Too much acidity in the body encourages unfriendly bacteria. Reduce acidity by eating more alkalising foods, including green leafy veggies, and reducing your intake of acid-forming foods.

Try not to eat when you are angry or stressed: Your body’s fight or flight response predominates at those times, meaning digestion is not a priority and is slowed.

Grains provide a great source of fibre to aid detoxification but can be challenging for some people to digest and contain anti-nutrients. If you consume grains, either soak them or ferment them to make them easier to digest. Doing this helps to neutralise anti-nutrients, too. 

Lemon juice helps stimulate digestion. A shot of lemon juice before all meals can be a good aid to digestion.

Gluten and dairy sensitivities are quite common, so these kinds of foods are probably best avoided as they contain proteins that are hard to digest. Fermented dairy, such as yoghurt, is ok.

Animal proteins can be hard to digest, so are best simmered in soups and stews. Spices such as garlic, ginger, cumin, cayenne and black pepper can be added to animal proteins to aid digestion.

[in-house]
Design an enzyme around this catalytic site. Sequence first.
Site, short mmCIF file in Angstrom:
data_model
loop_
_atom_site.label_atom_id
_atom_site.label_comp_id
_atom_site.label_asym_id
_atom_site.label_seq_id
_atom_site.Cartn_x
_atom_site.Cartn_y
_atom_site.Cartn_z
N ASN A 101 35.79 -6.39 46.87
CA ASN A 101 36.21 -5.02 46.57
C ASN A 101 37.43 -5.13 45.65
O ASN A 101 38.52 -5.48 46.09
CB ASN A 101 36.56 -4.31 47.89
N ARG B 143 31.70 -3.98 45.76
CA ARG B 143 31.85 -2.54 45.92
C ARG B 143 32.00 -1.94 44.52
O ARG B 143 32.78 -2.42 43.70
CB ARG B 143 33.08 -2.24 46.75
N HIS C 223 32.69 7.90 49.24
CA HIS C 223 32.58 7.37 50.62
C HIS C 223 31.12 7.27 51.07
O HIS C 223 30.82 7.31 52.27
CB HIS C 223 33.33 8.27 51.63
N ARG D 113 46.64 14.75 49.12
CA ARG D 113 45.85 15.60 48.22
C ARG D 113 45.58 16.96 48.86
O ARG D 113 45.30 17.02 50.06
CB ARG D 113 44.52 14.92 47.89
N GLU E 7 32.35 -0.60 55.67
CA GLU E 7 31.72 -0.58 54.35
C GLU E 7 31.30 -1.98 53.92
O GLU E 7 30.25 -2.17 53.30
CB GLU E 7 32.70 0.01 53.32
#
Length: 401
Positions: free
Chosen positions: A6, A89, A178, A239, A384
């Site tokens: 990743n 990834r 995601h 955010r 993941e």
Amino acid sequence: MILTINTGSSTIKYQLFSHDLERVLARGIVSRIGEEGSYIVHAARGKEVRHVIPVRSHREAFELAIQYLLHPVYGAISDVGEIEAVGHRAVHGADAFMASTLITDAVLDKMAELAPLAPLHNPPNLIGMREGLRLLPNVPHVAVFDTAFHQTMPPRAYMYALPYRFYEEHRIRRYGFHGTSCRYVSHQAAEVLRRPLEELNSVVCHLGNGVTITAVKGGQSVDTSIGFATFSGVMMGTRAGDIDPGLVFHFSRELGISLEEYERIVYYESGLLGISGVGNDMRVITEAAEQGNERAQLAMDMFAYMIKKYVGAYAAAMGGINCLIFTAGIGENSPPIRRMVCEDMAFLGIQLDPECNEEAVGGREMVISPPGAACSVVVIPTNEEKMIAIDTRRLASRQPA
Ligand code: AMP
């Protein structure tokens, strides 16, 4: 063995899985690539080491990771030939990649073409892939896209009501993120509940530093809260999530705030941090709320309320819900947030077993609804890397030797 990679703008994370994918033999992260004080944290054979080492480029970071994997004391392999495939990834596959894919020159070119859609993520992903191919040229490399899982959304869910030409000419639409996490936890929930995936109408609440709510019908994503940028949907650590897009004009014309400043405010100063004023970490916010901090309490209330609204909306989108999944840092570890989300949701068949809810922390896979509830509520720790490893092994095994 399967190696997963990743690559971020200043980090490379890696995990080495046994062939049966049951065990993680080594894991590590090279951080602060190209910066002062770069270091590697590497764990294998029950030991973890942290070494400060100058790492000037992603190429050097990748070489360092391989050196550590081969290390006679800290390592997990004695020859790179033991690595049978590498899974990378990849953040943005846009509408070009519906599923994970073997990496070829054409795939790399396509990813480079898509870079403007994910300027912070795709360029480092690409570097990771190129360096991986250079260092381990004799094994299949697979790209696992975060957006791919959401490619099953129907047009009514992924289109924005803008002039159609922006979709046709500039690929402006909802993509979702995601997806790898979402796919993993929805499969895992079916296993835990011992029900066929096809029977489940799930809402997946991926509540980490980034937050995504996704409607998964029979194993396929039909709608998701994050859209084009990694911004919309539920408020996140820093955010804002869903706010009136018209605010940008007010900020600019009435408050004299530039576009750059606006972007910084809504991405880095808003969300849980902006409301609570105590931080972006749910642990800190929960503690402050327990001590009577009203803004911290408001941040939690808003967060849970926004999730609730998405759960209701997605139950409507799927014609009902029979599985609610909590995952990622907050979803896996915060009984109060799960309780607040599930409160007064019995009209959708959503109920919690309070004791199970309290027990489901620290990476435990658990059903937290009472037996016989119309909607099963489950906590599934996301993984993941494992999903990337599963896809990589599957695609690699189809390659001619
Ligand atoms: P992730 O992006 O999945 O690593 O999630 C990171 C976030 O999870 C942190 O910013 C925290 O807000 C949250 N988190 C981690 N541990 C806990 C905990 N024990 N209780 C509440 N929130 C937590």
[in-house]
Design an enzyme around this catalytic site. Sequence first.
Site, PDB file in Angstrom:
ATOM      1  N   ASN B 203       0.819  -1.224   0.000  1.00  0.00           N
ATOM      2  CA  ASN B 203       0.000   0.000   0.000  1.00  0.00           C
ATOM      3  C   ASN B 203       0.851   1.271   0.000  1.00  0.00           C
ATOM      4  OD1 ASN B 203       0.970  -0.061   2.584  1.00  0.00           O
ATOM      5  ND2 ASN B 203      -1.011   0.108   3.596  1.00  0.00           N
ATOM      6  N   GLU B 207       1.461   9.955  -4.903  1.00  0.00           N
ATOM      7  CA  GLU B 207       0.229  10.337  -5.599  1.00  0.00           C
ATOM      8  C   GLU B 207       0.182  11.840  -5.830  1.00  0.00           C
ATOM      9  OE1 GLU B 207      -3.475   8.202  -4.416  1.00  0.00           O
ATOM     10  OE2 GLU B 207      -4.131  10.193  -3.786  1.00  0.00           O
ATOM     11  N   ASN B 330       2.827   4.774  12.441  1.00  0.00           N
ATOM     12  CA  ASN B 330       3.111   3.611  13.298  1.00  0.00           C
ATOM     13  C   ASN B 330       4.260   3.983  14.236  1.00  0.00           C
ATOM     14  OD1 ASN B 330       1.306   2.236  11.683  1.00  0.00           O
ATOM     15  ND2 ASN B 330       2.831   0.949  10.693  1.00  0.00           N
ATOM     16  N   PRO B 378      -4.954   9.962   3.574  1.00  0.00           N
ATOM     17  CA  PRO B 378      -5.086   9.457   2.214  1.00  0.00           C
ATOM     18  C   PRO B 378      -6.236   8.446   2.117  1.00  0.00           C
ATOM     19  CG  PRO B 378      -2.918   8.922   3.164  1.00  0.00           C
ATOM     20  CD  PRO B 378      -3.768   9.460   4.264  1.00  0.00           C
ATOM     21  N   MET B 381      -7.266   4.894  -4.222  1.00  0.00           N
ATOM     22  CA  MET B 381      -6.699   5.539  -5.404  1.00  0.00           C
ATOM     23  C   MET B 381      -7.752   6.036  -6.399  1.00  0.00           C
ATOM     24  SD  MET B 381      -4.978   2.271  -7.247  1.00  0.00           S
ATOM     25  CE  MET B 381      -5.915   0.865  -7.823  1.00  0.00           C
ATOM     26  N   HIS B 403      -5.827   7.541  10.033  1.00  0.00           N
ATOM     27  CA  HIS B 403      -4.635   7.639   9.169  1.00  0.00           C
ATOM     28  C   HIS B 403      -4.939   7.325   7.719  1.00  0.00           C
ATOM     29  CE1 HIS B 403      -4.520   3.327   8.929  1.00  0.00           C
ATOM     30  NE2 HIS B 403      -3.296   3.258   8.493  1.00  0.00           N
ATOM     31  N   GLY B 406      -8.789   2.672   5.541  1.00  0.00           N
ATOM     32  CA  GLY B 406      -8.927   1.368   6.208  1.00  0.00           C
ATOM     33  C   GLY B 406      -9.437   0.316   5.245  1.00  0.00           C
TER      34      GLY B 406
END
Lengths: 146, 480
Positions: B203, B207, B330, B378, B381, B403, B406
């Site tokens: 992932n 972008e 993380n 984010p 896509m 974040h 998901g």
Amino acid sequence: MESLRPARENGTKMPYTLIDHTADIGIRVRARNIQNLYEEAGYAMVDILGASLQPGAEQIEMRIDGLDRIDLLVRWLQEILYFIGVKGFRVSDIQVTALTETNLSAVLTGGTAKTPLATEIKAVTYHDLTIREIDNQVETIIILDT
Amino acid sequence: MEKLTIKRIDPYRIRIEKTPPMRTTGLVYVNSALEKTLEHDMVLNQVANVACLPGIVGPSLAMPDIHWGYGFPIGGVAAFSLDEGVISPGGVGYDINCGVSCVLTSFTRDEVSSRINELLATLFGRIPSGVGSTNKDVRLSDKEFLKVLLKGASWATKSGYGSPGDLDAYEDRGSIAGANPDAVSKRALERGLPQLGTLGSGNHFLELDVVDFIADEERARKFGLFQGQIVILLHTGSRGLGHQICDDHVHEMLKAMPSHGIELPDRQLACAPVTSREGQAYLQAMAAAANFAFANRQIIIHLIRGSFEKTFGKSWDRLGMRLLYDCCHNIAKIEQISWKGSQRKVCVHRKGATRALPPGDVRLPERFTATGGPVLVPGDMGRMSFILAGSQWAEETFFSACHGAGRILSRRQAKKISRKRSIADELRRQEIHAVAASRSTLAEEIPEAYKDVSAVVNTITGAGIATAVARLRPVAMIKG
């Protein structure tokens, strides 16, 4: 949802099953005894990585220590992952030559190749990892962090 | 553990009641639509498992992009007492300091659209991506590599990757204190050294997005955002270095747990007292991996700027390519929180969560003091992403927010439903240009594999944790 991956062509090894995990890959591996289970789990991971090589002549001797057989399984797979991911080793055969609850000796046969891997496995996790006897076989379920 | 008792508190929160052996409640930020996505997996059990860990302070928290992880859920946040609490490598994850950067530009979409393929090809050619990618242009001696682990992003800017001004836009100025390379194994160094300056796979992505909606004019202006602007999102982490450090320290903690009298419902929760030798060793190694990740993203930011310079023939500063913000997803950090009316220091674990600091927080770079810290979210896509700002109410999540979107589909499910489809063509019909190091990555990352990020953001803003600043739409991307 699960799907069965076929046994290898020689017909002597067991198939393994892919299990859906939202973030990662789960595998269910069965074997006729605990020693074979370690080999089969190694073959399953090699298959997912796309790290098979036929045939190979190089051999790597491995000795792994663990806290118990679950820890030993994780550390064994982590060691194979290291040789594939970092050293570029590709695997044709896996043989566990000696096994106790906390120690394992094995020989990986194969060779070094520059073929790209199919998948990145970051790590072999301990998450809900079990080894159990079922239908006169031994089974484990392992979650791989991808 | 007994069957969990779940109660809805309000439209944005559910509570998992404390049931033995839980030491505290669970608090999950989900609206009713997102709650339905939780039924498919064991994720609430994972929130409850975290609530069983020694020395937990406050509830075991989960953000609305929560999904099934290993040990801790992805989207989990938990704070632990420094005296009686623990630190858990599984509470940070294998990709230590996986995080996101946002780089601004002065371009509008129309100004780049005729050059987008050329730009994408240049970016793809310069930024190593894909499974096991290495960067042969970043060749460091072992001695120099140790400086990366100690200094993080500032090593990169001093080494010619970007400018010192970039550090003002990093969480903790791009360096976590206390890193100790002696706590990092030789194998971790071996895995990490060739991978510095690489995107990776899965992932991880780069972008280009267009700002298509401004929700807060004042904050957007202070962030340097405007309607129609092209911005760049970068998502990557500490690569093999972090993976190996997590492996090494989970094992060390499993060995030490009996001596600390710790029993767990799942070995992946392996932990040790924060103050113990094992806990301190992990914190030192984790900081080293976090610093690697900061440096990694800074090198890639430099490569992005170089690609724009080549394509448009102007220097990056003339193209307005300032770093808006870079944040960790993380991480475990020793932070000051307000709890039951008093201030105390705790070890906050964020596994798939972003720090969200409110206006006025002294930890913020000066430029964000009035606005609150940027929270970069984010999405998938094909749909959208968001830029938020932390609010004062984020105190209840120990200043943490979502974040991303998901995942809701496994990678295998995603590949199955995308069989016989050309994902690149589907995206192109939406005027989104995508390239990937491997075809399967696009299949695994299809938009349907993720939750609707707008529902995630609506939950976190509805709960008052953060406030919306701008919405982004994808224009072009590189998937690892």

Meat bone broths are high in minerals and other essential nutrients and are excellent for healing the lining of the gut.

Other beneficial gut foods include chlorophyll-rich greens such as celery, alfalfa and sea vegetables as well as fibre-rich foods and green tea.

Coconut oil is helpful for gut health as it contains lauric acid, which is antibacterial and antifungal.

And finally, there are herbs that aid digestive health: Fennel, chamomile, slippery elm, ginger, peppermint, lemon verbena, lemon balm, dandelion root, yellow dock, gentian root, slippery elm, liquorice root, meadowsweet, oregano, garlic, pau d’arco, ginseng.

SO, THERE YOU HAVE IT. Your path to outer beauty and inner well-being begins with nurturing your gut instincts for beautiful, glowing skin. It’s where we create our skin’s foundation, both literally and metaphorically. This is part of your internal skincare routine by eating your way to glowing skin

Remember, our gut influences our mood, energy levels, and overall health, making it our “second brain.” By balancing our gut, we not only improve our skin but also enhance our vitality and positivity.


Reference: The Gut Microbiome as a Major Regulator of the Gut-Skin Axis